On a related note, I just spent a most delightful 10 days or so with Dhammagita. Not only was it fun  but she completely barraged me with gifts, which I sucked up like a hungry ghost  (albeit with a very large throat.) Sad to say goodbye yesterday.

Many people think of me as a dying person. This is mostly not how I think of myself. It's true that a year or two more of living is probably the most I can expect, that recent scans of my body (plus a routine brain scan) in the last month surprised everyone by showing cancer all over the place, even though I have no cancer symptoms. In terms of my daily experience, I am focused on life. The direction that my energy takes has completely changed to sort of interacting with my body, which is to say, mitigating the physical side effects of cancer treatment, and mental or spiritual effects as well. It is an all-encompassing task. In general, my orientation has almost completely changed from the future to now. I am still, at least sometimes, is very much full of life, which of course will be more apparent in person than it is on my blog. I remain cancer-symptomless, but after many different treatments in the last year and a half, all assaults in their own way, the side effects seem to be piling up. I include in the side effects all the different kinds of aging my body has done, mostly not visible, in a way that is beyond my 49 years.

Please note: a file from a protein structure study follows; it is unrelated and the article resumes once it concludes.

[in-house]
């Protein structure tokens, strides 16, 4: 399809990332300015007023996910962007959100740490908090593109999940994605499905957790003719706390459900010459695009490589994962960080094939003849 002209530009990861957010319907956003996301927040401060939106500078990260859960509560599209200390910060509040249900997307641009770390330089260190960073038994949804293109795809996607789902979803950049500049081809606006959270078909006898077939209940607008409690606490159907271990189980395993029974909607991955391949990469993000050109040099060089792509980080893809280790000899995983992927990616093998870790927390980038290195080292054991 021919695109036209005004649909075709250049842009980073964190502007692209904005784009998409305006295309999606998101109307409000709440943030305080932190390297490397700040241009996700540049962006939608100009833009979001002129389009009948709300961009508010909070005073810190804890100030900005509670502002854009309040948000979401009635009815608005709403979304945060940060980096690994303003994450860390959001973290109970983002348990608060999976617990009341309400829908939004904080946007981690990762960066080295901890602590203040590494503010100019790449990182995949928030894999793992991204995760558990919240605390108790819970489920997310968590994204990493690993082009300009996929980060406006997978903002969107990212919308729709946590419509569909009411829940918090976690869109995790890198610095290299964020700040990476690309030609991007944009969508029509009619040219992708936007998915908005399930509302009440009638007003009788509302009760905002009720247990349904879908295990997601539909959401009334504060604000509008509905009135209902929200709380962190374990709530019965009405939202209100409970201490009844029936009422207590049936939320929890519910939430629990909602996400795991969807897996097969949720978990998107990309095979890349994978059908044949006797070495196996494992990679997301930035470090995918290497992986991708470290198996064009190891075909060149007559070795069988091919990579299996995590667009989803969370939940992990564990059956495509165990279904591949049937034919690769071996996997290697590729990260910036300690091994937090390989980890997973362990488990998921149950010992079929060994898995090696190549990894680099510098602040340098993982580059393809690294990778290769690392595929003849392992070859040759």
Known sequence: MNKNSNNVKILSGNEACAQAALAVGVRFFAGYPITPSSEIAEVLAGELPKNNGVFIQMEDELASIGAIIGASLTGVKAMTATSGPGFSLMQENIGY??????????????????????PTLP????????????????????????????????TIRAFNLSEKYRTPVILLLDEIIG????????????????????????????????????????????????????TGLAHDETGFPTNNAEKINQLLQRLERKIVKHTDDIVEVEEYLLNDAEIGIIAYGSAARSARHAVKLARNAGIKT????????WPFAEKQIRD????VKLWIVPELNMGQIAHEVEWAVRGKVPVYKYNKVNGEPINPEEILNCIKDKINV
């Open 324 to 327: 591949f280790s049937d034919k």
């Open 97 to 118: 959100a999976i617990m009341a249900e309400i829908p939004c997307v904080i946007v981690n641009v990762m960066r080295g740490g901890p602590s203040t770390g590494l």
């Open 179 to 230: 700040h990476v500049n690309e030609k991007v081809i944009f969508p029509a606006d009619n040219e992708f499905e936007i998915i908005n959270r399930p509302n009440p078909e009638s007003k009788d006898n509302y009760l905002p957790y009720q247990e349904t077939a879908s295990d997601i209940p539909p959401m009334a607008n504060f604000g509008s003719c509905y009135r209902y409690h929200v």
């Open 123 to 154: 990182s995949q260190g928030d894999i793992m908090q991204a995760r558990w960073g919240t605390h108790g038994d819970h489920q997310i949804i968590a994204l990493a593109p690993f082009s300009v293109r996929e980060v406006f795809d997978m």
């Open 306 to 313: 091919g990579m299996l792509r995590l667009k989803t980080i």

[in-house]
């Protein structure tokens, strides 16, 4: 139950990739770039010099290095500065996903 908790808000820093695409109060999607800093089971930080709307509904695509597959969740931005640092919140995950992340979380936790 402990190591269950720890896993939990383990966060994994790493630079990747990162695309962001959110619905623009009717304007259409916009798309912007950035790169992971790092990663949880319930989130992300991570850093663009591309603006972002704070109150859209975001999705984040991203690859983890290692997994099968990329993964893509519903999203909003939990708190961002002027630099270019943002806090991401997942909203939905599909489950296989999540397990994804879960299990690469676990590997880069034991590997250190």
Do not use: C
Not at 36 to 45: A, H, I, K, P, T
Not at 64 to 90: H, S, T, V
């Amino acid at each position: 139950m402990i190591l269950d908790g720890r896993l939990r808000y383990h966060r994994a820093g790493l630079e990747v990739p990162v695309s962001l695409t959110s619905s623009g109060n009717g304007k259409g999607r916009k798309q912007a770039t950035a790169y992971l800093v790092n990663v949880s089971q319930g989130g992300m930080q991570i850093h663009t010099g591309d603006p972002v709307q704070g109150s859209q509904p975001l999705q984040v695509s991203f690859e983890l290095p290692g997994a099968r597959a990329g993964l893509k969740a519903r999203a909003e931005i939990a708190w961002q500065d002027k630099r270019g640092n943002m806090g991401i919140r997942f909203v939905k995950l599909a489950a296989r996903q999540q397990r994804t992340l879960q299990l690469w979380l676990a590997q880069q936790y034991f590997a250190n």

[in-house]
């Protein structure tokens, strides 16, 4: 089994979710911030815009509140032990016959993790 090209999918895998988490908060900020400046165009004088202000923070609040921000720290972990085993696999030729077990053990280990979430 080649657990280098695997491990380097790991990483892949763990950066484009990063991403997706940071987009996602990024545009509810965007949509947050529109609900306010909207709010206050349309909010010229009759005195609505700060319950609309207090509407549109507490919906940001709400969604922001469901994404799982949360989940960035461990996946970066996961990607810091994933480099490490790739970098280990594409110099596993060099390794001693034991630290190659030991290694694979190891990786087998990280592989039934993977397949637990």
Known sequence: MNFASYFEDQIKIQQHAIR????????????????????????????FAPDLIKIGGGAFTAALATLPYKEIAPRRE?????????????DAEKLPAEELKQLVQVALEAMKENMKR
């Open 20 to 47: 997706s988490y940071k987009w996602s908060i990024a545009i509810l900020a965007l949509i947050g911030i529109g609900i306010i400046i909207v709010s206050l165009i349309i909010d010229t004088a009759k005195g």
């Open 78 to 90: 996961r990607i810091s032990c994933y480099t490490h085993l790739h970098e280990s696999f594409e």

Working with Vidyadevi to turn my blog Crap! I've got Cancer! into a book. Also, I will self-publish soon, also with her help, a collection of writings (from Bhante and other Order members') on brahmacarya called "Celibacy and Buddhism: Bits and Bobs on Sex and the Divine Life." I'm thinking it will be on the best seller list in no time...or else hopefully be a useful source of info for those looking for it. If anyone out there wants to do a second edition sometime - there is much more that could be usefully added - please do.

My anagarika ceremony will be on our Order day on June 15. Parami is flying out here to do the ceremony. (Fundraising for that initiated by Savanna in New York, bless her cotton socks!) My illness has pushed me a bit more into that way of life (simplicity...and a focus on my body in a way that is naturally not sexual) so it feels like something that's already been done in a way.

I've spent a lot of time writing the blog for the last...year and half, so have written into shabda maybe twice I think. I'm going to try to write in more.  As my paternal grandmother used to write, Armfuls of love, Suvarnaprabha

Friday, May 24, 2013


I realized I gave the wrong impression in my last post, that things are healing up and I'm chipper...So I changed this paragraph to say: